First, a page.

High court to weigh prisoners’ religious rights

2000 law also prohibits communities from zoning out houses of worship

Two New Jersey State Prison inmates in Trenton are demanding the right to build a sweat lodge so they can perform purification rituals of their Native American religion. An inmate at East Jersey State Prison in Woodbridge claims corrections officials violated his right to practice his adopted Wiccan beliefs, more popularly known as witchcraft.

Their lawsuits are among scores filed by inmates around the nation under a federal law enacted five years ago to protect the free exercise of religion by those in prisons, nursing homes, psychiatric hospitals and other institutions.

Today, the U.S. Supreme Court is scheduled to hear arguments in a case from Ohio on whether that law is constitutional. In 2003, a federal appeals court in Cincinnati ruled it violates the separation of church and state by promoting religion behind bars.

“It has the potential to be a blockbuster,” said David Goldberger, a law professor at Ohio State University representing Ohio prison inmates invoking the law’s protection.

If the law is stricken, other government accommodations for religion could also be jeopardized, including employing chaplains in jails and the military or allowing exemptions from vaccination requirements on religious grounds, Goldberger said.

And it could also kill a federal ban that keeps local governments from using zoning to stop the construction of houses of worship — a “very important” weapon for attacking restrictions based on “rank bigotry,” according to the American Jewish Congress’s Marc Stern, who is Goldberger’s co-counsel.

The law in question — The Religious Land Use and Institutionalized Persons Act of 2000 — was prompted by abuses by prison officials who tape-recorded inmates confessing their sins to priests and refused to allow Jewish inmates to have matzo during Passover or Christians to have crosses, according to court papers filed by Solicitor General Paul Clement.

The case has made strange bedfellows: Those supporting the law include the American Civil Liberties Union, the Bush administration and Ohio inmates who want to worship Satan, study witchcraft and preach white supremacy.

Ohio prison officials attacking the law contend savvy inmates have used religious services as a front for illegal activities and meetings of racist gangs. New Jersey corrections officials want the law to be overturned. They said they accommodate religious practices, up to a point.

“We fundamentally believe an inmate should have the right to practice his or her religion as long as it does not impede the order, safety and security of our facilities,” Corrections Commissioner Devon Brown said. “We believe if there’s any group of individuals who need to find God, we have them.”

Ronald Bollheimer, the department’s head of legal affairs, said if the federal law is upheld, prison security would be threatened, costs would rise and more inmates would file lawsuits claiming religious rights as a way “to manipulate the system.”

“Using religion is a perfect way to hide some things you want to do as a group,” Bollheimer said.

He said gang members sometimes show up at religious services to get together, pass notes and plan activities. When they do, they can be banned from attending services. Bollheimer said the department is frequently tipped off by inmates who resent having their faith used as a subterfuge for gang meetings. “The true believers will dime them out,” he said.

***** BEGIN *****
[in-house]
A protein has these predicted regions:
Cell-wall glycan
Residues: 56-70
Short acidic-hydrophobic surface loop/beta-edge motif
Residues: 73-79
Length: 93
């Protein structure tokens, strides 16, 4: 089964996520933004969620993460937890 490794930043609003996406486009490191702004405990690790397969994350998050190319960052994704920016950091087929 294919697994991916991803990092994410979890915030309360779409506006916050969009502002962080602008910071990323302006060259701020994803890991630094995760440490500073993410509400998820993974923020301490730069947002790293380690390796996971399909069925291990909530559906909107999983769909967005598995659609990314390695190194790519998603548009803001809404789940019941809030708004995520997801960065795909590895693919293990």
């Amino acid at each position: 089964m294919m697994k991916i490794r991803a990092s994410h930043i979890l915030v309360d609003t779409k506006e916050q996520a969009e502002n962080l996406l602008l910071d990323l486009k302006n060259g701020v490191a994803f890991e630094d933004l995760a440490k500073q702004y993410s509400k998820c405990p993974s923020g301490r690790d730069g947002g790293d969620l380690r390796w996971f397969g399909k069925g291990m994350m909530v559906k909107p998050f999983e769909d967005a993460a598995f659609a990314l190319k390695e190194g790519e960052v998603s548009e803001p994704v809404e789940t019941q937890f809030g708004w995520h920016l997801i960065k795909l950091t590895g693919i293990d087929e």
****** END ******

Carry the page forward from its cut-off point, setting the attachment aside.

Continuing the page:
In 1998, in response to gang violence, the corrections department opened a special unit at the Northern State Prison in Newark to isolate and re-educate gang leaders. Since then, organized prison violence has dropped 84 percent, according to Ron Holvey, principal investigator in the department’s special investigations division.

Several members of the Five Percent Nation, a breakaway black supremacist branch of Louis Farrakhan’s Nation of Islam, went to federal court claiming their transfer to the gang control unit amounted to unconstitutional religious persecution. The claim was rejected by the federal appeals court in Philadelphia.

The two New Jersey lawsuits by inmates who say their religious rights have been infringed are on hold until after the U.S. Supreme Court rules on the federal law.

Two convicted murderers, Jesus Sanabria and David Russo, are suing for the right to construct a sweat lodge on the grounds of New Jersey State Prison. According to their lawyers, a sweat lodge is as important to the Native American religion as confession is to Catholics or kosher meals are to Jews. They said other prisons — including the low-security Federal Correctional Institution at Fort Dix — provide sweat lodges.

State prison officials describe a sweat lodge as a security nightmare. A large hut constructed of willow saplings and covered with blankets or tarps, its darkened interior provides the ideal “blind spot” for inmates to have sex, share drugs, store weapons or assault fellow prisoners, according to an affidavit by Roy Hendricks, the prison administrator.

In the second case, Patrick Pantusco, who is serving a 30- to 50-year sentence for murder, claims officials at East Jersey State Prison infringed his right to practice the Wiccan religion to which he converted in 2002. He wants money damages and certain artifacts, including a Wiccan necklace.

Prison rules require inmates to wear religious items such as crosses and necklaces under their shirts, except when in their cells or at services. Bollheimer said openly displaying religious items can provoke fights and be used as a means of gang identification.

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(Listed if other than Religion News Blog, or if not shown above)
Star-Ledger, USA
Mar. 21, 2005
Robert Schwaneberg

Religion News Blog posted this on Monday March 21, 2005.
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